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My Wigwam is Your Wigwam

Hosted by: Vanier Museopark

Would you be able to fend for yourself in the wilderness for an entire night without any model to start with? This is what the First Nations did for centuries before the arrival of the pioneers. With this program, students will learn about the materials used to build a wigwam, a type of dwelling typical of the First Nations of this region. Then, they will work in teams to build their own shelter.

https://museoparc.ca/programmes-scolaires/

Muséoparc Vanier Museopark

Education Value and Curriculum Connections:

  • Grade 2 – Social Studies “Global Communities”: explain how two distinct communities have adapted to the location, climate, and physical characteristics of their region. “Global Communities”: recognize that there are countries, continents, bodies of water, that they all have physical characteristics and that their geographic representation can be done in different formats.
  • Grade 3 – Social Studies “Communities in Canada in the Early 1800s”: draw conclusions about the actions taken by various communities in Canada in the early 1800s to overcome major challenges. “Canada’s Communities in the Early 1800s”: describe how Canada’s communities in the early 1800s shaped key elements of Canadian identity today.
  • Grade 4 – Social Studies “Ancient Societies”: draw conclusions about the relationship between the lifestyle and natural environment of two or more ancient societies. “Political and Physical Regions of Canada”: draft questions that will focus on issues of responsible natural resource management in one or two political or physical regions of Canada while balancing the needs of the people, the economy and the environment.
  • Grade 5 – Social Studies “Canada’s Beginnings”: draft questions that will guide their investigation of the relationship between Indigenous communities and European explorers and settlers, particularly the French, in North America. “Canada’s Beginnings”: describe key characteristics of various Indigenous peoples (e.g., values, beliefs, lifestyles, roles of women), the nature of relationships (e.g., trade, alliances, conflicts, cooperation) among the various First Nations (e.g., Algonquian, Montagnais, Abenaki, Wendat [Huron], Iroquois) who resided in the St. Lawrence Valley and on the shores of the Great Lakes prior to the arrival of early Europeans.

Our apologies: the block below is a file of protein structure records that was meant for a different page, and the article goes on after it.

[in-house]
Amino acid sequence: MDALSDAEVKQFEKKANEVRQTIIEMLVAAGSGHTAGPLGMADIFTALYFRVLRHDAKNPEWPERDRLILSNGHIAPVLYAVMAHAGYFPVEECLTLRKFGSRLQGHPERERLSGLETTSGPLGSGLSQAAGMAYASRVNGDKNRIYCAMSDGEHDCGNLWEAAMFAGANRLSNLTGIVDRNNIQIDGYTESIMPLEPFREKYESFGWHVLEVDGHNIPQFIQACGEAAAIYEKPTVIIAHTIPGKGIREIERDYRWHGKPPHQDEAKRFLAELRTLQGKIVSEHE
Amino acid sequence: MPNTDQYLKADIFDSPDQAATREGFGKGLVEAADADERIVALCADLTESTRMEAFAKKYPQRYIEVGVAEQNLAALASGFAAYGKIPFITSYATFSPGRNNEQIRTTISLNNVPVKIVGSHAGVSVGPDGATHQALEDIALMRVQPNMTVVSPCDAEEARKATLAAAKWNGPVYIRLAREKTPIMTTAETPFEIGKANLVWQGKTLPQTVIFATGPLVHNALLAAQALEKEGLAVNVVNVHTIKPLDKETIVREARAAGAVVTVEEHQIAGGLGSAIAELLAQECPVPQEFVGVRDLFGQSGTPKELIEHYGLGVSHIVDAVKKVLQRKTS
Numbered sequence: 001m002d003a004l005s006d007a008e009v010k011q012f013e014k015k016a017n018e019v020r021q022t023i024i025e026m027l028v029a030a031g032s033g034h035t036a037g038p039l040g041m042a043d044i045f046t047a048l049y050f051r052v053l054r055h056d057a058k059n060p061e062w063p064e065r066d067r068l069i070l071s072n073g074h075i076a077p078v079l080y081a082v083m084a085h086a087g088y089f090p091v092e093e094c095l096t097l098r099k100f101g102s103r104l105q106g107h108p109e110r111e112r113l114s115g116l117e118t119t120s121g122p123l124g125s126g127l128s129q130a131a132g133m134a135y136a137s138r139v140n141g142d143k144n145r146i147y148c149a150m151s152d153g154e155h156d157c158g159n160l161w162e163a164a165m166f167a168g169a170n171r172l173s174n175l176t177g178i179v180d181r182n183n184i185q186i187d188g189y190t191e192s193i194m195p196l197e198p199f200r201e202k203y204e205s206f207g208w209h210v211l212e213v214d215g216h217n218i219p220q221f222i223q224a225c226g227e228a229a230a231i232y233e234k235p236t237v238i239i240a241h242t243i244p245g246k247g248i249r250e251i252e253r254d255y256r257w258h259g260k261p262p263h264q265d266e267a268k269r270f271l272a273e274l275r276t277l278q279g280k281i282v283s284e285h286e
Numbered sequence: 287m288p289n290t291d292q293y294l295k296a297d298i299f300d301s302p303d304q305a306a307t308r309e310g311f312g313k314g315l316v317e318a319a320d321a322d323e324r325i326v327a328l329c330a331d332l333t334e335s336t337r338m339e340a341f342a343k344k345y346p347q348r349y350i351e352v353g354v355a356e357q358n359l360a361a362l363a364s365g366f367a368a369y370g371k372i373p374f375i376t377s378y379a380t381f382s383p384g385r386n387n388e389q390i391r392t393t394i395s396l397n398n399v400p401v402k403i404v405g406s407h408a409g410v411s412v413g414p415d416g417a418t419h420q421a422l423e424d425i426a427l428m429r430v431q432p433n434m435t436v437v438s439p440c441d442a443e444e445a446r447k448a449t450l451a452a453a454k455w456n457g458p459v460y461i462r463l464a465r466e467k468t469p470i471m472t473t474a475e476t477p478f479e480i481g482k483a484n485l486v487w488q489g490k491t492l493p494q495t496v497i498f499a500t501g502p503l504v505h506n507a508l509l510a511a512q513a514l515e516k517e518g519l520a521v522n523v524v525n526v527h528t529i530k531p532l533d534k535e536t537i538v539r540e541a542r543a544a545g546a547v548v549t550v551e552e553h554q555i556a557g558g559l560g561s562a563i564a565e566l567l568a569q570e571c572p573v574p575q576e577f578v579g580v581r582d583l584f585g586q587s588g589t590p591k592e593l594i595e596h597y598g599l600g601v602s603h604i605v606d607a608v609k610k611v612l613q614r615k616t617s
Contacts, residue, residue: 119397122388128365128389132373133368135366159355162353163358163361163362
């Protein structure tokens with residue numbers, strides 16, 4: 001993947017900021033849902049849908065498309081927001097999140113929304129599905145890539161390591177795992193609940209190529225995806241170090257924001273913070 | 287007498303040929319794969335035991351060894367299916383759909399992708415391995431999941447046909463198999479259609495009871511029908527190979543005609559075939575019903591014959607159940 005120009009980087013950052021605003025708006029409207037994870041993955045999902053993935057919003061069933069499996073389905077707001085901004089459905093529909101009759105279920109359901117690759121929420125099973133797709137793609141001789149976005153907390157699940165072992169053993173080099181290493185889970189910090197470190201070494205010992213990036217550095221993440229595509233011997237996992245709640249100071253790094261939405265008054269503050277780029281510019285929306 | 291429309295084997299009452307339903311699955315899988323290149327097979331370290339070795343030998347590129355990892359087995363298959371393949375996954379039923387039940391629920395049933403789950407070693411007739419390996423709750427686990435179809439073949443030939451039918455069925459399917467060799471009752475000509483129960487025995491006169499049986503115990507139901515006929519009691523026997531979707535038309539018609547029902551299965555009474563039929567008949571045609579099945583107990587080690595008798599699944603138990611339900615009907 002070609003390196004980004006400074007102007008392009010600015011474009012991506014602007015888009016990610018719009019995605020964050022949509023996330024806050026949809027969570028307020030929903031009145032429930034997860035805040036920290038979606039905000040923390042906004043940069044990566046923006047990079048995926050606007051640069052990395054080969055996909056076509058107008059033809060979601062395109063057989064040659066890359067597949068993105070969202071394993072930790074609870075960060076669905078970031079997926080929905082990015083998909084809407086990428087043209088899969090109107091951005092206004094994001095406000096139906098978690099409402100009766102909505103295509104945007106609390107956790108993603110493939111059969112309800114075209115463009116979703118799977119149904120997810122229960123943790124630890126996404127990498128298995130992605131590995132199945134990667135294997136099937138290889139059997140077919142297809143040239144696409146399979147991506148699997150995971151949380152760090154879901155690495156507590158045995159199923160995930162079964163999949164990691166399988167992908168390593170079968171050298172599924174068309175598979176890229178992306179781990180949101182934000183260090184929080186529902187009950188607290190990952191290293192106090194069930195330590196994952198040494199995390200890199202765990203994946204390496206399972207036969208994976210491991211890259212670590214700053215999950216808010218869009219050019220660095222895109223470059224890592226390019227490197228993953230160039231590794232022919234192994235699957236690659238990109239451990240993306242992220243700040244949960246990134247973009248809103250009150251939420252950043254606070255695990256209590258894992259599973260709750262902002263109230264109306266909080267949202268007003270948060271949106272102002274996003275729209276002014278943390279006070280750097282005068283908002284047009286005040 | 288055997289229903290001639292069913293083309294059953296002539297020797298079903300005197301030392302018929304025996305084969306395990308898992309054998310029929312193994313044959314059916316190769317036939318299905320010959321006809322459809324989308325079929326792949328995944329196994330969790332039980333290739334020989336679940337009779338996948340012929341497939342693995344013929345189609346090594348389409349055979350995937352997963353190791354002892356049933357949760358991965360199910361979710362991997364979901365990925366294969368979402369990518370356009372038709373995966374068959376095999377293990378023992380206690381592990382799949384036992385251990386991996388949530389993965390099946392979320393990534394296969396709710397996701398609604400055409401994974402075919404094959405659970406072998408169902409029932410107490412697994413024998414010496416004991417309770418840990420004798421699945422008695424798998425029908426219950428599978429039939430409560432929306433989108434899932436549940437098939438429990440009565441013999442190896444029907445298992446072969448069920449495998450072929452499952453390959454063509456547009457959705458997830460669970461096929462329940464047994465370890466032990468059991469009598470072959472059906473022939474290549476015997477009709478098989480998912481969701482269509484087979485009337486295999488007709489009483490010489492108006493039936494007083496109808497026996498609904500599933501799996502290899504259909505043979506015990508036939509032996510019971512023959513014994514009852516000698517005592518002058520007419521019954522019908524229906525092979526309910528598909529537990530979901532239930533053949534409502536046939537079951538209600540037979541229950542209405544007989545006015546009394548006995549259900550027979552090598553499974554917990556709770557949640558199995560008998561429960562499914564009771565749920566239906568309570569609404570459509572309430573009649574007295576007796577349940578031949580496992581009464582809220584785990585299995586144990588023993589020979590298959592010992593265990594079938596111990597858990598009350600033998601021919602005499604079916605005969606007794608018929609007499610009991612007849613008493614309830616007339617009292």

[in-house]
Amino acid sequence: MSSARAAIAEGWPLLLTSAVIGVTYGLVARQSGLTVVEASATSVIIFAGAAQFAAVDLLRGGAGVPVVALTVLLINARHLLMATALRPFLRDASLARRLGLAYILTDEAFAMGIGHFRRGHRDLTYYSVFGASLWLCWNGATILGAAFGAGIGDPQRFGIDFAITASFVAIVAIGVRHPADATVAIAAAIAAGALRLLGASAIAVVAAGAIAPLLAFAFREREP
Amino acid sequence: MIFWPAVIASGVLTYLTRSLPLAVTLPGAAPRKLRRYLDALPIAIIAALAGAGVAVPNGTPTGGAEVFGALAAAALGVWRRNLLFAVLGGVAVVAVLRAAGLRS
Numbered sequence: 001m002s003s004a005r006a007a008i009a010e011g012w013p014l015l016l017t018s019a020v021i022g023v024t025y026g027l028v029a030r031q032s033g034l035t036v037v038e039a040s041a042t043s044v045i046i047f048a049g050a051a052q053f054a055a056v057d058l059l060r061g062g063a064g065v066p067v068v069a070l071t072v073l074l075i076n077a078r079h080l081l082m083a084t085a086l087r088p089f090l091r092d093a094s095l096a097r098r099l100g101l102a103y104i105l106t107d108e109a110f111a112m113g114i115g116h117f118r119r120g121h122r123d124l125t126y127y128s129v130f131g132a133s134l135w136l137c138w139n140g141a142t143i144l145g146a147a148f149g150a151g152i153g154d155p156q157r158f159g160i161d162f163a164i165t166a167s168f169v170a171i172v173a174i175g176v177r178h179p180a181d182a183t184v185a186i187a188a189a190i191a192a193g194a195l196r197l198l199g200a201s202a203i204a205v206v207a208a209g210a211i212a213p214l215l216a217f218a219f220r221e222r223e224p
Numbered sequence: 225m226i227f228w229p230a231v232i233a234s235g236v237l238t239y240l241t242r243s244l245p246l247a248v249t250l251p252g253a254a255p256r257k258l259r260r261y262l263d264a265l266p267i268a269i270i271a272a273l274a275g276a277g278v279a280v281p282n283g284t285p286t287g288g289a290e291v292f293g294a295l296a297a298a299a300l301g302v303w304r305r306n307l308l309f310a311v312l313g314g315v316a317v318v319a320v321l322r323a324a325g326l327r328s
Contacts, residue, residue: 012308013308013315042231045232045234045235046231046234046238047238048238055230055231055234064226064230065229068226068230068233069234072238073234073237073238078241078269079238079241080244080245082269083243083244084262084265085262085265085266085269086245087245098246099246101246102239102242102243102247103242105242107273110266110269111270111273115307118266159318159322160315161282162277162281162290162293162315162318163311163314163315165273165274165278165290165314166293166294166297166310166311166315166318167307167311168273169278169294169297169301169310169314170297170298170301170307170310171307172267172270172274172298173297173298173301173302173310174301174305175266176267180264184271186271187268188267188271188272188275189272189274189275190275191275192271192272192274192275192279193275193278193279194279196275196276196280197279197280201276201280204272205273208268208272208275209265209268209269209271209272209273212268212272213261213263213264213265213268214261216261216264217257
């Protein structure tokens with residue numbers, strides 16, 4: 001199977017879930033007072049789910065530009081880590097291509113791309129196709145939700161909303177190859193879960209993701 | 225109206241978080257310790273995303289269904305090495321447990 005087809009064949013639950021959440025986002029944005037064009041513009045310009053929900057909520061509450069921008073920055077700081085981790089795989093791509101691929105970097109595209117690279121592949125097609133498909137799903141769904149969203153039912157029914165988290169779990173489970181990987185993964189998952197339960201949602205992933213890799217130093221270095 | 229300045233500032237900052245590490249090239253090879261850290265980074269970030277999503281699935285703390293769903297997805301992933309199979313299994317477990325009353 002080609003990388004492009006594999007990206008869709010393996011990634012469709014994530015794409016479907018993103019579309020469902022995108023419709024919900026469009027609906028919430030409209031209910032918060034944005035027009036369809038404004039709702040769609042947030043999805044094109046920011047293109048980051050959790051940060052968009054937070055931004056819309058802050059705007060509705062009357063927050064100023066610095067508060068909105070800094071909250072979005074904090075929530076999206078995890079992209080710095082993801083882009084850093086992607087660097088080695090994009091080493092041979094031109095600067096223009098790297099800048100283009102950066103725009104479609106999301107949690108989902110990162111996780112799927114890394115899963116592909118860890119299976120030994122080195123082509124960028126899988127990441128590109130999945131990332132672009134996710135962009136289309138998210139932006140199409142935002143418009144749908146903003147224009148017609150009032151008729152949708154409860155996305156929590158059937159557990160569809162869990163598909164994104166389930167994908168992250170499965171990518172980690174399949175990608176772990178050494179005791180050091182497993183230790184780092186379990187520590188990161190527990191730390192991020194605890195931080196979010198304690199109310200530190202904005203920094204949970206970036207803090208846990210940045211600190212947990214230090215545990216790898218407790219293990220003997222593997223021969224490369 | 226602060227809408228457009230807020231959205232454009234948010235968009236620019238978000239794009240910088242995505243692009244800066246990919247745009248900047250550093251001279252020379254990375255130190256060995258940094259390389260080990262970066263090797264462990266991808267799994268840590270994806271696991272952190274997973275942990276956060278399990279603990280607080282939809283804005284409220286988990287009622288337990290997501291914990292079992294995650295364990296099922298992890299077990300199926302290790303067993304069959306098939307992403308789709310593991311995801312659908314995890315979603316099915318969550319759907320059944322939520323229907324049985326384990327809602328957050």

Format

In-person

Duration

75 minutes

Language

English, Français

Fee

$4 per child

Hosted by: Vanier Museopark

My Wigwam is Your Wigwam

Muséoparc Vanier Museopark

Education Value and Curriculum Connections:

  • Grade 2 – Social Studies “Global Communities”: explain how two distinct communities have adapted to the location, climate, and physical characteristics of their region. “Global Communities”: recognize that there are countries, continents, bodies of water, that they all have physical characteristics and that their geographic representation can be done in different formats.
  • Grade 3 – Social Studies “Communities in Canada in the Early 1800s”: draw conclusions about the actions taken by various communities in Canada in the early 1800s to overcome major challenges. “Canada’s Communities in the Early 1800s”: describe how Canada’s communities in the early 1800s shaped key elements of Canadian identity today.
  • Grade 4 – Social Studies “Ancient Societies”: draw conclusions about the relationship between the lifestyle and natural environment of two or more ancient societies. “Political and Physical Regions of Canada”: draft questions that will focus on issues of responsible natural resource management in one or two political or physical regions of Canada while balancing the needs of the people, the economy and the environment.
  • Grade 5 – Social Studies “Canada’s Beginnings”: draft questions that will guide their investigation of the relationship between Indigenous communities and European explorers and settlers, particularly the French, in North America. “Canada’s Beginnings”: describe key characteristics of various Indigenous peoples (e.g., values, beliefs, lifestyles, roles of women), the nature of relationships (e.g., trade, alliances, conflicts, cooperation) among the various First Nations (e.g., Algonquian, Montagnais, Abenaki, Wendat [Huron], Iroquois) who resided in the St. Lawrence Valley and on the shores of the Great Lakes prior to the arrival of early Europeans.

Format

In-person

Duration

75 minutes

Language

English, Français

Fee

$4 per child

Themes & Subjects

Grade Level